Herein, we demonstrate that iNOS is associated with poor outcome in TNBC patients (n=209). We demonstrate that in BL2 TNBC, NO activation of the EGFR/ERK signaling pathway plays a direct role in the development of a pro-inflammatory phenotype that increases tumor cell invasive capacity. These results highlight a novel mechanism that may explain the observation that TNBC patients expressing iNOS display a worse prognosis. Additionally, these results highlight the potential of iNOS and EGFR as targets for consideration in the development of novel treatments for basal-like TNBC.


iNOS predicts poor survival in TNBC

We previously showed iNOS is a predictor of poor prognosis in a US cohort of ER-negative breast tumors but were unable to assess its role in TNBC [14]. Here we investigated the association of iNOS expression with recurrence free survival, metastasis free survival and breast cancer specific survival in 209 TNBC patients diagnosed in Ireland from 1999-2015 (Table 1 - Patient characteristics). TNBC tissue microarrays were stained for iNOS using immunohistochemistry and tumor epithelial iNOS expression assessed (Figure 1). As previously reported iNOS staining was predominantly observed in the tumor epithelia with few infiltrating immune cells staining positive for iNOS [14]. Recurrence free (local, regional or distant disease) survival analysis (Figure 2A) showed that iNOS positive tumors display decreased recurrence free survival compared to iNOS negative tumors, with low (Log-rank test: p=0.067) to moderate (p=0.010) levels of iNOS expression trending towards a significant association with disease recurrence. The highest levels of iNOS showed a trend towards decreased recurrence free survival but did not reach statistical significance (p=0.156). Metastasis free survival analysis (Figure 2B) showed that iNOS positive tumors have an increased chance of distant metastasis compared to iNOS negative tumors, with low (Log-rank test: p=0.029) to moderate (p=0.002) levels of iNOS expression significantly associated with the development of distant metastasis. Similar to disease-free survival, the highest levels of iNOS showed a trend towards increased metastasis but did not quite reach statistical significance (p=0.065). Given that recurrence whether local, regional or distant is suggestive of aggressive progressive disease we then examined whether NOS2 predicts increased risk of dying from TNBC. Similarly when examining breast cancer specific survival, Figure 2C showed that iNOS positive tumors are associated with worse breast cancer specific survival compared to iNOS negative tumors, with low (Log-rank test: p=0.020) to moderate (p=0.006) levels of iNOS expression significantly associated with decreased survival. The highest levels of iNOS showed a trend towards decreased survival but did not reach statistical significance (p=0.189). The lack of association with survival at the highest levels of iNOS may reflect the generation of NO levels that begin to switch from pro-tumorigenic effects to anti-tumorigenic effects as previously reviewed [7]. Cox regression survival analysis was performed in Table 2 to calculate the hazard ratios (HR) associated with iNOS levels and recurrence free survival, metastasis free survival and breast cancer specific free survival. Most notably low levels of iNOS were associated a breast cancer specific free survival HR of 4.8 (95% Confidence Interval (CI) 1.11-20.41; p=0.035), while intermediate levels are associated with a HR of 5.9 (95% CI 1.37-25.64; p=0.017). iNOS remained a significant predictor of outcome in the multivariable analysis after adjustment for age at diagnosis, neoadjuvant therapy, tumor grade and histological subtype, with low levels of iNOS associated a breast cancer specific free survival HR of 5.0 (95% Confidence Interval (CI) 1.16-21.94; p=0.031), while intermediate levels are associated with a HR of 7.2 (95% CI 1.60-32.34; p=0.010) in the multivariable analysis (Table 2). Additionally we found that the percentage of tumor infiltrating lymphocytes (TILs) in the tumor adjacent stroma was highest in patients with iNOS negative tumors (Median % TIL count = 17.5%), and lowest in patients with iNOS moderate tumors (Median % TIL count = 10%) (Table 3). TIL counts increased again in patients with iNOS high tumors (Median % TIL count = 15%). These results warrant further investigation as the literature suggests that low TIL counts are associated with worse outcomes in TNBC [15].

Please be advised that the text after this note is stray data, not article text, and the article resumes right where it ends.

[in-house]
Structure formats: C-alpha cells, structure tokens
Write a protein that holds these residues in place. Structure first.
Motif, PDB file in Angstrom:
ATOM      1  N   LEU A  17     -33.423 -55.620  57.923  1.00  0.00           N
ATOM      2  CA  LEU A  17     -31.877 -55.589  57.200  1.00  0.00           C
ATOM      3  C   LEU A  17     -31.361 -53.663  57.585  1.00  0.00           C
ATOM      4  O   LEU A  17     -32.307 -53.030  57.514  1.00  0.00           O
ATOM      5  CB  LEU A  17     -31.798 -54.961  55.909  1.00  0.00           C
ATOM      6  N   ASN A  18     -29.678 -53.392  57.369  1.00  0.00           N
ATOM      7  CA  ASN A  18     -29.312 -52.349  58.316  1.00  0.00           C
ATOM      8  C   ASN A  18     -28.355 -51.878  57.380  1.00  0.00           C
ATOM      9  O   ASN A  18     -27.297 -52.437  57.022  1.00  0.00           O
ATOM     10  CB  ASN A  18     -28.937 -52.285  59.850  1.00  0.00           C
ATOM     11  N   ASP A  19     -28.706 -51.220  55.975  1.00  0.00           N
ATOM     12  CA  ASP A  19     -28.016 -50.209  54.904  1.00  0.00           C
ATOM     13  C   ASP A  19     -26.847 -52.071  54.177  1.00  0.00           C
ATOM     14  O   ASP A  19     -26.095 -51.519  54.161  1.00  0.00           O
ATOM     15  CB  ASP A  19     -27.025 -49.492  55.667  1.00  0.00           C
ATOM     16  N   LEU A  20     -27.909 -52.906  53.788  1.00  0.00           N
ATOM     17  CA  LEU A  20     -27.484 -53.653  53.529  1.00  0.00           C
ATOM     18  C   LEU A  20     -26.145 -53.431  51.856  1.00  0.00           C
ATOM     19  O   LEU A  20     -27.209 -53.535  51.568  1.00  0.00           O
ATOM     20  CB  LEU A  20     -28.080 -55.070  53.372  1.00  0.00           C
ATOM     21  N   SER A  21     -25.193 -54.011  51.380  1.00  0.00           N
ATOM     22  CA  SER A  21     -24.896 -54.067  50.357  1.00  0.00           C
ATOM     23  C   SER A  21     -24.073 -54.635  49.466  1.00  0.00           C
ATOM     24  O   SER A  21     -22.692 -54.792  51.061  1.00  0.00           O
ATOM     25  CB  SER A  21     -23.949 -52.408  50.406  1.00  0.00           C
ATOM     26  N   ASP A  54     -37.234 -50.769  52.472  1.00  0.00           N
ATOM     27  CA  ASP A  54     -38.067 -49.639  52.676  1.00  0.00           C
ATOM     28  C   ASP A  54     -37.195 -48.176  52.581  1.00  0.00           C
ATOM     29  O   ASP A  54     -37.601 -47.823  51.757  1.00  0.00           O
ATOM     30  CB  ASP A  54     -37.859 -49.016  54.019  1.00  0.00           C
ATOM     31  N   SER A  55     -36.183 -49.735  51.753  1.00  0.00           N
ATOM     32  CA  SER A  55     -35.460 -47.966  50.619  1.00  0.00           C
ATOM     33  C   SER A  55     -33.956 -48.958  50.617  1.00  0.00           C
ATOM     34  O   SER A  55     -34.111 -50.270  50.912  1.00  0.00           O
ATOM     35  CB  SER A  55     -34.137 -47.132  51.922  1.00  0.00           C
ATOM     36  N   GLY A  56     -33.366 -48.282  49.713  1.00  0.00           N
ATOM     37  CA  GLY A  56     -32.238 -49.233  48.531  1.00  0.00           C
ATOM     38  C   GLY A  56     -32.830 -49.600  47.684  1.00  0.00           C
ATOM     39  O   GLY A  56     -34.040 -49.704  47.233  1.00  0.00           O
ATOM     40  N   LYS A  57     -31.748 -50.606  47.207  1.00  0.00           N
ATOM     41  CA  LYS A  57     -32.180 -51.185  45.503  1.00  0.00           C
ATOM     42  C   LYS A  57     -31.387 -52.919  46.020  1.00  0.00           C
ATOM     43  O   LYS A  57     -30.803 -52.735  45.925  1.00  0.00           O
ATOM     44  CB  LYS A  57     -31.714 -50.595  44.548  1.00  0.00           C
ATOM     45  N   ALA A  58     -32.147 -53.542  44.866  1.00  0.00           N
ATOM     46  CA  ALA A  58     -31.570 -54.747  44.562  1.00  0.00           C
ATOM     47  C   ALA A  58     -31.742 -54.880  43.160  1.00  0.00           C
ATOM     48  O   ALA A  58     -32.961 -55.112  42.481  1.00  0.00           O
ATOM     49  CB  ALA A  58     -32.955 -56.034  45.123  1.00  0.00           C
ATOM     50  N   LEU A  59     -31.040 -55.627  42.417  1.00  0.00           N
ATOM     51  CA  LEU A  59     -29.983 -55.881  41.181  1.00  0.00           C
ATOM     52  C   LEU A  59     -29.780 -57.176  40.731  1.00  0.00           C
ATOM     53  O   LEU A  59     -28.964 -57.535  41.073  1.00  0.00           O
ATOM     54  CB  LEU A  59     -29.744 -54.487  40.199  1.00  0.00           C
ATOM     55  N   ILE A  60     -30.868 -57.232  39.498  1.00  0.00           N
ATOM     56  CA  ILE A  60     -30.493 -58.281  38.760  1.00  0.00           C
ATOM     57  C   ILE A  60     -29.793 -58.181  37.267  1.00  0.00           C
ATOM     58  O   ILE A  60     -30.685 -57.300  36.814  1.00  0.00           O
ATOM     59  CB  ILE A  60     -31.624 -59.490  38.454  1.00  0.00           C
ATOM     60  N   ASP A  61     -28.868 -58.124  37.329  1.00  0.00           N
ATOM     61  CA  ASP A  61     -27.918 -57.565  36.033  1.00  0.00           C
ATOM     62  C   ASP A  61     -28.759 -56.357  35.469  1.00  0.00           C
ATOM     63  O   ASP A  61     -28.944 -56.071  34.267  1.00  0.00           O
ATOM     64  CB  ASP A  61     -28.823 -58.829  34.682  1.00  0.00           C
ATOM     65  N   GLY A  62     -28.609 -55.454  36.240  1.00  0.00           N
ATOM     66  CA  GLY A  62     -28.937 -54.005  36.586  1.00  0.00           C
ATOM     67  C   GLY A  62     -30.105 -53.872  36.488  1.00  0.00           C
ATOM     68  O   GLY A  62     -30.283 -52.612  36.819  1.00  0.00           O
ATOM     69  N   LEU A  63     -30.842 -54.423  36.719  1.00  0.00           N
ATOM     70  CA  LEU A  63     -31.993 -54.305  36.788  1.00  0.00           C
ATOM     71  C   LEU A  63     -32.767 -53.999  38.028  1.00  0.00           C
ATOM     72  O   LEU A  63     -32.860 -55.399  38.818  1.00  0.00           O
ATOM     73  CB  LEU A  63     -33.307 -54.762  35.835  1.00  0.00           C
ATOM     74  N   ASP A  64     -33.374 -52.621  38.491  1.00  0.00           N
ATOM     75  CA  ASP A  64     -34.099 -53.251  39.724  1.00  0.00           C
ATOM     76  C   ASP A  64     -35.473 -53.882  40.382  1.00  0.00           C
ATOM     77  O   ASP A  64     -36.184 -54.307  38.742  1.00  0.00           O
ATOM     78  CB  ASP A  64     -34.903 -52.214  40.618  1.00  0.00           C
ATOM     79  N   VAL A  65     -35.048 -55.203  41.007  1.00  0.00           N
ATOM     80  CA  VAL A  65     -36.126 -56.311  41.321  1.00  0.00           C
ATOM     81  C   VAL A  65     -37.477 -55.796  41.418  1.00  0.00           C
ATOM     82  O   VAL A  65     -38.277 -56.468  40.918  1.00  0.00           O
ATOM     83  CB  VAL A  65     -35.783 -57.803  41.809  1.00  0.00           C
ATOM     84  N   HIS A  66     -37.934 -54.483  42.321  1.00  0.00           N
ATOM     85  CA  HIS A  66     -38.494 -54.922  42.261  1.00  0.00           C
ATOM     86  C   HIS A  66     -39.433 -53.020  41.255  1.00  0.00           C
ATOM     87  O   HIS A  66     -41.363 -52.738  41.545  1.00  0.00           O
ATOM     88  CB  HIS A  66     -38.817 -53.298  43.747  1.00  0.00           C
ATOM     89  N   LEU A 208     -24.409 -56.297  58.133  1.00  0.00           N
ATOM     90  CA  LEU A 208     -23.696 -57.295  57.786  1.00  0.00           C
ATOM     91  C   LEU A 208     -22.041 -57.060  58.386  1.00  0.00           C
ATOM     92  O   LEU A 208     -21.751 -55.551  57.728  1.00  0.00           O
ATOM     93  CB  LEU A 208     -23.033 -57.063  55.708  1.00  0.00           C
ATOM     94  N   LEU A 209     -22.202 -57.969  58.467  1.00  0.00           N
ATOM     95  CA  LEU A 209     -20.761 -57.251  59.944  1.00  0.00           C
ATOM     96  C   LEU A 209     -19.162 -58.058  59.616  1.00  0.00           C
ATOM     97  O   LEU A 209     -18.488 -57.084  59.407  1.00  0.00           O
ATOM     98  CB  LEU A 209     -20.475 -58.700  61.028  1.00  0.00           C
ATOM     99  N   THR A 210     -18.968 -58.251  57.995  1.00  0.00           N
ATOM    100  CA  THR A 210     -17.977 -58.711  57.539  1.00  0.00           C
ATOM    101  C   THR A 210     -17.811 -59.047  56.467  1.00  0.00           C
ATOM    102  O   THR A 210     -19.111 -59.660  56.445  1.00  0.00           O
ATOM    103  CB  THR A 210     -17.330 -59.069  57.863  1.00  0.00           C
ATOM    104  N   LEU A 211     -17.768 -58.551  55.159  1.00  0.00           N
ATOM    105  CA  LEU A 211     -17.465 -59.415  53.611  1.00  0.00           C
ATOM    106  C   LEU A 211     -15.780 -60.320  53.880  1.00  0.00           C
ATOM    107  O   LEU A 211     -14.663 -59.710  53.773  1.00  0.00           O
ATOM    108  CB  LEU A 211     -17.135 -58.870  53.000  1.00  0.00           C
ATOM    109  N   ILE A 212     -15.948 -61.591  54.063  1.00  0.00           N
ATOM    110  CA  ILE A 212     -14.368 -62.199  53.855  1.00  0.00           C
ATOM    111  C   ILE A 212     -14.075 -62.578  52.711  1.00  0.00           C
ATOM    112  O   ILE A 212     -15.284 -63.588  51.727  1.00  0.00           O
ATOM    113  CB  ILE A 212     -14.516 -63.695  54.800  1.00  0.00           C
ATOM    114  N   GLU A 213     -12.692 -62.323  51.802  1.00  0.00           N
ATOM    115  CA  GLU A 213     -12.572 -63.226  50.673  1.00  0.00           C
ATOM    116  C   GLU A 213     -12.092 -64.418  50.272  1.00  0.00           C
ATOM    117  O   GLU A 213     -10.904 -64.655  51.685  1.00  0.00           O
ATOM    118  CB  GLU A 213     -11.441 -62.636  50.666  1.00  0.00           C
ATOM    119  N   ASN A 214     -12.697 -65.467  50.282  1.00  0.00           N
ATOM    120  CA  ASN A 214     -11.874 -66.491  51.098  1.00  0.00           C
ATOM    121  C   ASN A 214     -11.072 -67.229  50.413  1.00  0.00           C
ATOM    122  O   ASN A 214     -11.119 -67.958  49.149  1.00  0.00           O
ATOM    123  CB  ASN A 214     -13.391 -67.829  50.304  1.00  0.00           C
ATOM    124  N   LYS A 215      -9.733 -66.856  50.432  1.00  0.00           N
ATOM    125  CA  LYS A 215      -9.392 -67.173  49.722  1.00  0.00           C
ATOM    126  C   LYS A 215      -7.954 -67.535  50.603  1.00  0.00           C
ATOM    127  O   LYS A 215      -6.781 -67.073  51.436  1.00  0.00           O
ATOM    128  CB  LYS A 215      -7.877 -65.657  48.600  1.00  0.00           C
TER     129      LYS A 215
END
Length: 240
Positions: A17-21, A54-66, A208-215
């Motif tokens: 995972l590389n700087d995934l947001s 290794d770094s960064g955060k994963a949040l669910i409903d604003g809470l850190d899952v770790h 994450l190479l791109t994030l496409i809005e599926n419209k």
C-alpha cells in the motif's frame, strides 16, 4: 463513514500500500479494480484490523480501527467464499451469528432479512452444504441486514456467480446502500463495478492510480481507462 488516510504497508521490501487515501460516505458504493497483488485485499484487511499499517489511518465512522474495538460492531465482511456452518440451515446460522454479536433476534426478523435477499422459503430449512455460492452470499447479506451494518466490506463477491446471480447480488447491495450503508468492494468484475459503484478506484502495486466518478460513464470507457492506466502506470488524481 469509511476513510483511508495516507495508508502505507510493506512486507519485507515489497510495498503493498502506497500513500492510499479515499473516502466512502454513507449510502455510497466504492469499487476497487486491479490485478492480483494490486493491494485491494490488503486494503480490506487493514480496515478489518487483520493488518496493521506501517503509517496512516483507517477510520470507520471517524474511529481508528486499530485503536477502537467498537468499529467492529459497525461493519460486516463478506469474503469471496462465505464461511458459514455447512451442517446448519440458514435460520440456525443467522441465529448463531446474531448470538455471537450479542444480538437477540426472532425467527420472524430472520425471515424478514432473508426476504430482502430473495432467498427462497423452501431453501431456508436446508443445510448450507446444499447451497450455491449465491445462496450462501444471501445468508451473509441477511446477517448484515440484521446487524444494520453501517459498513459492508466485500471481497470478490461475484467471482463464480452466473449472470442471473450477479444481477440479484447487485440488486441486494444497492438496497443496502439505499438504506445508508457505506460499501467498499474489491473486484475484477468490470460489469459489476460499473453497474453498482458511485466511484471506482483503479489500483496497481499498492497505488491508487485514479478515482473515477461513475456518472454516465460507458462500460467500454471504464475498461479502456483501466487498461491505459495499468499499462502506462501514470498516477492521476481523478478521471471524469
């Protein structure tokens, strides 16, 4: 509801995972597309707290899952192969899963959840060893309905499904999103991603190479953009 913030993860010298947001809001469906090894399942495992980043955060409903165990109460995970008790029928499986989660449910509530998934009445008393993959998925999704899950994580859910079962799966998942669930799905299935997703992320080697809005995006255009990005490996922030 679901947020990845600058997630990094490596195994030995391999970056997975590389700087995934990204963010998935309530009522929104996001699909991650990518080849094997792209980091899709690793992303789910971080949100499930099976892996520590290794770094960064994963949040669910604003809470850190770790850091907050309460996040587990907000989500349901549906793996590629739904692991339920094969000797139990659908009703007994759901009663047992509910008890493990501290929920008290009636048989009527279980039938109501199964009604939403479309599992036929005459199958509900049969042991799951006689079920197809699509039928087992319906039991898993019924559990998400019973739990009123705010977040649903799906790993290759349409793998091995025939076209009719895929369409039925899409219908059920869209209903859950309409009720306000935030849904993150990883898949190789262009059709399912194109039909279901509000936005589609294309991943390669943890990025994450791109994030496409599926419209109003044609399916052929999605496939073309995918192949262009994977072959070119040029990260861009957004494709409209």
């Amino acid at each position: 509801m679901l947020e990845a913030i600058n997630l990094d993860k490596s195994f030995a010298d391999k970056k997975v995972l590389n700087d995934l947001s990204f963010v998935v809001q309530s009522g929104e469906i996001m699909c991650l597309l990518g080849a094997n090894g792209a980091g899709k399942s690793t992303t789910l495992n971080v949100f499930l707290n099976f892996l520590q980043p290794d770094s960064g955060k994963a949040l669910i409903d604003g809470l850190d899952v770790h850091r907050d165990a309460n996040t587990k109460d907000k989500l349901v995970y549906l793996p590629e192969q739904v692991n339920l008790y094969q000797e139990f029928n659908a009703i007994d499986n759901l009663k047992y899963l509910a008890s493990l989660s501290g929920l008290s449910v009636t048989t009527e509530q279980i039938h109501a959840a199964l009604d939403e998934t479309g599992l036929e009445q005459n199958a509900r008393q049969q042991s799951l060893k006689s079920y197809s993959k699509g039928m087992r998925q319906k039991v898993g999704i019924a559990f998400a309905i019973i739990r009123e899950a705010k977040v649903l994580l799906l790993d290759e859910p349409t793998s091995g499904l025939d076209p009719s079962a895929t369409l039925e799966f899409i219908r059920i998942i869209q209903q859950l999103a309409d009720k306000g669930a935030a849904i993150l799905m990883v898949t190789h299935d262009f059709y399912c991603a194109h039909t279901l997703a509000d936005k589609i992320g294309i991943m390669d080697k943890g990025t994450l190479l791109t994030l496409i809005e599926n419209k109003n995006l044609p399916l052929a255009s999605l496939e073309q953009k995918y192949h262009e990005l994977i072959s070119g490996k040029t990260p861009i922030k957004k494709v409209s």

iNOS expression immunohistochemistry in TNBC.

Figure 1: iNOS expression immunohistochemistry in TNBC. Representative images of TNBC tumor with (A) negative, (B) low, (C) moderate, and (D) strong iNOS tumor epithelial staining.

iNOS expression is associated with decreased recurrence free survival, distant metastasis free survival and breast cancer survival in TNBC.